For the past several months, our team of researchers have dug through many articles, discussed what they have learned and explored their own desires concerning leadership as being millennials. Here are the five points we have learned so far.
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5 Traits of Millennial Leadership
Point 1: Respect
Millennials understand respect for current leaders is important. They also want to be respected by the leadership. Respect is always a two-way street. By showing disrespect from either side, the other party is immediately alienated and the relationship breaks down. As a result of the damaged relationship, the leader has little to no influence.
Millennials need to be respected for what they know. Because they grew up in an age of hyper-technology, they think differently than the older generation and as a result, come at problems in dissimilar manners. These manners may bring about challenging questions by which the leader should not be offended or become defensive, but consider their viewpoint because the questions may lead to answers. Millennials don’t expect all their questions to be correct or in the proper direction, but at least being heard and considered goes a long way in showing respect. And this is not too dissimilar to any generation’s desire – to be heard and taken under consideration.
Point 2: Appreciated
Millennials are eager to do the work assigned to them. They are eager to perform and complete the tasks at hand. They are eager to participate. After all, in majority of cases, they participated in team sports and competitions. They know the feeling of winning and losing.
When leaders show appreciation for the work being done by millennial workers, it provides the workers with a sense of pride and accomplishment. They want to know they are part of the team and helping to move the project forward. Again, which generation does not want to feel appreciated for their work?
Point 3: Doing Something of Significance
Millennials want to know what they are working on is making an impact, making a difference for the company. They understand there are menial tasks that must be performed, but they want to feel their efforts contribute to the success of the company.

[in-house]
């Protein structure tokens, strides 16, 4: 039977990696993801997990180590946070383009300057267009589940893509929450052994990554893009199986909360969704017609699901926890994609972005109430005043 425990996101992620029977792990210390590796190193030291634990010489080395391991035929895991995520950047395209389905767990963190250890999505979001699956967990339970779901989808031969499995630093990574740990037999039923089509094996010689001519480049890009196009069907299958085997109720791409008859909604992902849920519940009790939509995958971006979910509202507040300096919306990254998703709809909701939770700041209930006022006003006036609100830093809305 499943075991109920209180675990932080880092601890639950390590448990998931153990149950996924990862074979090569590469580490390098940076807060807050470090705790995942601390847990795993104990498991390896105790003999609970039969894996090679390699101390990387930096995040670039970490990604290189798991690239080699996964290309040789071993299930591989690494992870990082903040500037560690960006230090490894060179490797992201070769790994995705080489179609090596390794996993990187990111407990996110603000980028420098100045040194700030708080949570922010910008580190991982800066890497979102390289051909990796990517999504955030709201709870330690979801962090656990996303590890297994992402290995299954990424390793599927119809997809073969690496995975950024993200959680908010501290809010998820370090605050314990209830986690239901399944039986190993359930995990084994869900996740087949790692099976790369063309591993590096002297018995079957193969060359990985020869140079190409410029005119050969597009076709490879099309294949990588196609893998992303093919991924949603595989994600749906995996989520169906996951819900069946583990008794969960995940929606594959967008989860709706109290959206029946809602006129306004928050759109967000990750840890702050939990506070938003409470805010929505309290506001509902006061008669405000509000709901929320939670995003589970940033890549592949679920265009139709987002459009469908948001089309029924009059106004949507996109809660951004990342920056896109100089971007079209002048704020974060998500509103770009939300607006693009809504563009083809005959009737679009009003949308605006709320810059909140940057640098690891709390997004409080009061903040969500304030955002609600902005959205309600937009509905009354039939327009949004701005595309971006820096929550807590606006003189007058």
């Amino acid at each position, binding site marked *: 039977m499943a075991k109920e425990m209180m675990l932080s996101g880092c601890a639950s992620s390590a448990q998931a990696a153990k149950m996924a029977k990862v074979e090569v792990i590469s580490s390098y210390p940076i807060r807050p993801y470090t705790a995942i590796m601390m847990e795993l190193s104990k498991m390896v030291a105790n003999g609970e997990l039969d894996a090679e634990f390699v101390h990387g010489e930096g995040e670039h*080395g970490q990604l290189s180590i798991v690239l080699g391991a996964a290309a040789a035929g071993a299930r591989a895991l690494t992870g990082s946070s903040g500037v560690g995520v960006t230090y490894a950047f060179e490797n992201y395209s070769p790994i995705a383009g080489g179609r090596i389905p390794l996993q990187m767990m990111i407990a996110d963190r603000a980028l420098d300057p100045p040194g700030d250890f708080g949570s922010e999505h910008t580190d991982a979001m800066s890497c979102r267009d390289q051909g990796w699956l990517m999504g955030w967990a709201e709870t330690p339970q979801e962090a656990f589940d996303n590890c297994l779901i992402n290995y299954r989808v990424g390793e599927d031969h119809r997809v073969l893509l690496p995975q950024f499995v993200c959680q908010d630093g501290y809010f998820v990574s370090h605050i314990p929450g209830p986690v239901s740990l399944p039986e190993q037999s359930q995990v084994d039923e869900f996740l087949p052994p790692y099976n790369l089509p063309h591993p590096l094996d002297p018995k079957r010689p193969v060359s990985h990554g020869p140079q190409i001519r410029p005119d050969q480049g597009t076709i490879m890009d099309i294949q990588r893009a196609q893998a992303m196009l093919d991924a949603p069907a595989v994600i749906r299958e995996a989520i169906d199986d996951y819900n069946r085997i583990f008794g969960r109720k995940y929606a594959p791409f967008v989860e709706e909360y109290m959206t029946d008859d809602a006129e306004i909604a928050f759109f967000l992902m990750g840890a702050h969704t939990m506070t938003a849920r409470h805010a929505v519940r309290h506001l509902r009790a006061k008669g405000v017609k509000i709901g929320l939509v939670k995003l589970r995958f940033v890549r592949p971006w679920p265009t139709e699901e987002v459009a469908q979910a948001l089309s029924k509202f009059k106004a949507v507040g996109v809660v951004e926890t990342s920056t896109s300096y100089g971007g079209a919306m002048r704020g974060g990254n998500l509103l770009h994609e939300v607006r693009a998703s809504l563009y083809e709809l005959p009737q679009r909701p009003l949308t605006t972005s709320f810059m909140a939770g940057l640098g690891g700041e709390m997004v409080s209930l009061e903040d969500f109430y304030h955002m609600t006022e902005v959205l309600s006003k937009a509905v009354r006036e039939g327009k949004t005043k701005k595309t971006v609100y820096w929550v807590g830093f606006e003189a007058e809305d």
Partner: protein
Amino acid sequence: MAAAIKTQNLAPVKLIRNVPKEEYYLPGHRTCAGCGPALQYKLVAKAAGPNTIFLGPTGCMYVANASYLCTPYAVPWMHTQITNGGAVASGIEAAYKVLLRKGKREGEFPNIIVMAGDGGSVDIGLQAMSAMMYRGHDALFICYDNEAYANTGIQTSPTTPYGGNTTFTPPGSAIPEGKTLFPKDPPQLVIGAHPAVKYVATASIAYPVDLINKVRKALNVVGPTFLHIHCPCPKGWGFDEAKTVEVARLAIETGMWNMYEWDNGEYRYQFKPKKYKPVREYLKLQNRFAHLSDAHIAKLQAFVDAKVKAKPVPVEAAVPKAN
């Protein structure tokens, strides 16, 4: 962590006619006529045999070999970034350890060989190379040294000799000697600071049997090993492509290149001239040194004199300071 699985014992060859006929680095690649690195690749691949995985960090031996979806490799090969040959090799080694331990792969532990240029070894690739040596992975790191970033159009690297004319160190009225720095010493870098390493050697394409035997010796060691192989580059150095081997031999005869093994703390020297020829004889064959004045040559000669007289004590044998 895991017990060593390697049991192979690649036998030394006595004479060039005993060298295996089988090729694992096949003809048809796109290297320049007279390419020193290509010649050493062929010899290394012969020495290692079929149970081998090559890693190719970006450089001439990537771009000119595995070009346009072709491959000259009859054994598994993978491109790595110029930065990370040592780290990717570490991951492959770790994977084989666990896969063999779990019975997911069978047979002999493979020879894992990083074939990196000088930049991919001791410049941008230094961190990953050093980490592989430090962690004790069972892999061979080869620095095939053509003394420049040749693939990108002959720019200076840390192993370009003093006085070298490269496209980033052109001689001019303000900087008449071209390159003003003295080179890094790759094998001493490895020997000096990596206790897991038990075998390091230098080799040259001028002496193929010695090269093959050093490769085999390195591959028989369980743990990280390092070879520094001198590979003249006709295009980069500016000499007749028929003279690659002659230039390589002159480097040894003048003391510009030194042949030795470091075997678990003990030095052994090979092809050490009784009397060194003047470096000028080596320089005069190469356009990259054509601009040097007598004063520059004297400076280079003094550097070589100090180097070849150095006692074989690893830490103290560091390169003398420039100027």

We have all worked those situations which were boring and in the end, had no impact or significance. At the time, it might have appeared to be important, but in the end, the project was canceled or abandoned and the result useless. Those situation are understandable, but if day-to-day work doesn’t amount to anything, then we all become demoralized.
Leaders need to provide the vision which leads to meaningful and productive activity.
Point 4: Adaptability
Leaders need to adapt to the situation at hand and to the people involved. One-way does not fit all. It never did and never will. Different situations require different approaches. For example, in emergency situations, the leader may become more dictatorial and demand certain actions. The followers will most likely follow. But under normal conditions, if the leader continues in the dictator mode, the followers will resent the heavy-handed approach and eventually rebel.
As the team composition changes or the environment, market factors, upper management, etc. varies, the leader must adapt accordingly. Again, this concept of adaptability is just good leadership anyway. There is nothing new here concerning the millennials. It seems they desire good leadership models.
Hmm, maybe it is not the millennials we should focus on, but those people who currently hold leadership positions who don’t really understand leadership!
Point 5: Trust
In many cases, millennials have put in long hours of study to learn their skills and have the loans to prove it. In other cases, in addition to their education, they have spent years in the workforce and have experience harden by the reality of mistakes, corrections and leading by other employees and life in general. They want to be able to exercise that knowledge. They want to be trusted to do the job. Leaders need to delegate authority and responsibility to these workers and trust the job will get done.
Some leaders have been hesitant to delegate authority and responsibility. This attitude makes no sense. When they were younger, they were eager to prove themselves. Their leaders and management gave them opportunities to prove themselves, otherwise, they would not be in the position they are in today. Leaders need to trust the millennial will get the work done. Delegate the authority and responsibility to do so.
When we sit back and look at the situation, the millennials are no different than many of us when we were their age. We remember applying for jobs to start our careers and the job requirements stated experience was necessary. We often wondered how do we gain experience if experience is needed to get the job in the first place. Eventually, someone took the risk and hired us. We grew into the position.
As we researchers discussed the articles we read and our desires concerning leadership traits, we came to the realization that our leaders probably had the same concerns about us when we started our careers as current leaders have about millennials today. Are they capable? Can they get the job done? What if they make mistakes? How can we hand off our positions and know it will be successful? The fact is, just as we learned through our successes and failures, the next generation will do the same.
The difference may be in the fact we, the current leadership, have raised the millennial generation. One of the things we taught them was to not cow-tail to the whims of poor leadership. And maybe, just maybe, we are not as confident in our ability as leaders to withstand the very trait we taught our millennials. We will cover that in future articles.
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